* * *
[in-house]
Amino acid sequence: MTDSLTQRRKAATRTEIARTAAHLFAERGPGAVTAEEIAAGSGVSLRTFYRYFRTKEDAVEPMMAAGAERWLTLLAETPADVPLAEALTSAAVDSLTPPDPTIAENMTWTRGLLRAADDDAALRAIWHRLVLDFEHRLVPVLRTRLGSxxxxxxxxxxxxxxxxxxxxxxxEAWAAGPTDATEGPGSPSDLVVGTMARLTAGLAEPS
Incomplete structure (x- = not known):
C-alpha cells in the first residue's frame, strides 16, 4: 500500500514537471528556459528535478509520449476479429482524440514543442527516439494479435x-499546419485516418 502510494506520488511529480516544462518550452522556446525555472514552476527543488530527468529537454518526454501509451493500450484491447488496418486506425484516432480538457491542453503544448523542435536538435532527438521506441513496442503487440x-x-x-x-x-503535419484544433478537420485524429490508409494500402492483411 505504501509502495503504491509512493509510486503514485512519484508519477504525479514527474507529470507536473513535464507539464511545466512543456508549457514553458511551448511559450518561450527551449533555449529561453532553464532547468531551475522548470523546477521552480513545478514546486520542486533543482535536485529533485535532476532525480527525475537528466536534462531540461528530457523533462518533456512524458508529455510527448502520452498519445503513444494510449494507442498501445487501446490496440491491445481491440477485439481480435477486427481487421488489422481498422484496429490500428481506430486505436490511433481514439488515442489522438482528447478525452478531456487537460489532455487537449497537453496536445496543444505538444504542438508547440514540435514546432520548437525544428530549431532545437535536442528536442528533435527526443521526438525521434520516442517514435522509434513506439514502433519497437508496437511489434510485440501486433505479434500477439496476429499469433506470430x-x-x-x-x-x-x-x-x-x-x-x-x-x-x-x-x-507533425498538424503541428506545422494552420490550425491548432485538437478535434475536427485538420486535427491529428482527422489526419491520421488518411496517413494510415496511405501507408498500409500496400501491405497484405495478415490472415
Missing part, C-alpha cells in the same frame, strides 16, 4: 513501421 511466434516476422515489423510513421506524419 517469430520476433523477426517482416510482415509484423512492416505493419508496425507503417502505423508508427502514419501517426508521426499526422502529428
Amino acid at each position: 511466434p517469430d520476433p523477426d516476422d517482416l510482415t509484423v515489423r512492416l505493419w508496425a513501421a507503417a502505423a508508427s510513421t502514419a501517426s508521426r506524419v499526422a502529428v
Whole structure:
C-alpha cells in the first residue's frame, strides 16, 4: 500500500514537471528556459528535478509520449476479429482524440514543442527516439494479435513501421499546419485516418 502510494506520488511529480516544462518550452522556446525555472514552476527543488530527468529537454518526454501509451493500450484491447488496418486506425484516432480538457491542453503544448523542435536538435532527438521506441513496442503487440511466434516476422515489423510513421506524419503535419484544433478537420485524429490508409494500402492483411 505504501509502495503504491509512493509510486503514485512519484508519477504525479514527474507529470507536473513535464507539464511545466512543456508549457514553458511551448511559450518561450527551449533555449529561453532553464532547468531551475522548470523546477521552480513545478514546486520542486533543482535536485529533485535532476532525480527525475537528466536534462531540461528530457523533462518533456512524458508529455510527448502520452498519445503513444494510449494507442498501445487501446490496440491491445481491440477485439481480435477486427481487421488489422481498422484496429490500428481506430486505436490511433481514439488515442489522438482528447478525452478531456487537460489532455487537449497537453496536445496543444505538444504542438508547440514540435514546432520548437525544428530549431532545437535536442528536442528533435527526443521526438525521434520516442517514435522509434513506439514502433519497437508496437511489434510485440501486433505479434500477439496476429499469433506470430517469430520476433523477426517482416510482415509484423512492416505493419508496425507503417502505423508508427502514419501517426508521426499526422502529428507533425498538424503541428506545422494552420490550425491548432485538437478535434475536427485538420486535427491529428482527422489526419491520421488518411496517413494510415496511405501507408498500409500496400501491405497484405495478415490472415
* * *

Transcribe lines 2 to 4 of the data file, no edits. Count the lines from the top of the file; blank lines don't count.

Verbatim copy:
Amino acid sequence: MTDSLTQRRKAATRTEIARTAAHLFAERGPGAVTAEEIAAGSGVSLRTFYRYFRTKEDAVEPMMAAGAERWLTLLAETPADVPLAEALTSAAVDSLTPPDPTIAENMTWTRGLLRAADDDAALRAIWHRLVLDFEHRLVPVLRTRLGSxxxxxxxxxxxxxxxxxxxxxxxEAWAAGPTDATEGPGSPSDLVVGTMARLTAGLAEPS
Incomplete structure (x- = not known):
C-alpha cells in the first residue's frame, strides 16, 4: 500500500514537471528556459528535478509520449476479429482524440514543442527516439494479435x-499546419485516418 502510494506520488511529480516544462518550452522556446525555472514552476527543488530527468529537454518526454501509451493500450484491447488496418486506425484516432480538457491542453503544448523542435536538435532527438521506441513496442503487440x-x-x-x-x-503535419484544433478537420485524429490508409494500402492483411 505504501509502495503504491509512493509510486503514485512519484508519477504525479514527474507529470507536473513535464507539464511545466512543456508549457514553458511551448511559450518561450527551449533555449529561453532553464532547468531551475522548470523546477521552480513545478514546486520542486533543482535536485529533485535532476532525480527525475537528466536534462531540461528530457523533462518533456512524458508529455510527448502520452498519445503513444494510449494507442498501445487501446490496440491491445481491440477485439481480435477486427481487421488489422481498422484496429490500428481506430486505436490511433481514439488515442489522438482528447478525452478531456487537460489532455487537449497537453496536445496543444505538444504542438508547440514540435514546432520548437525544428530549431532545437535536442528536442528533435527526443521526438525521434520516442517514435522509434513506439514502433519497437508496437511489434510485440501486433505479434500477439496476429499469433506470430x-x-x-x-x-x-x-x-x-x-x-x-x-x-x-x-x-507533425498538424503541428506545422494552420490550425491548432485538437478535434475536427485538420486535427491529428482527422489526419491520421488518411496517413494510415496511405501507408498500409500496400501491405497484405495478415490472415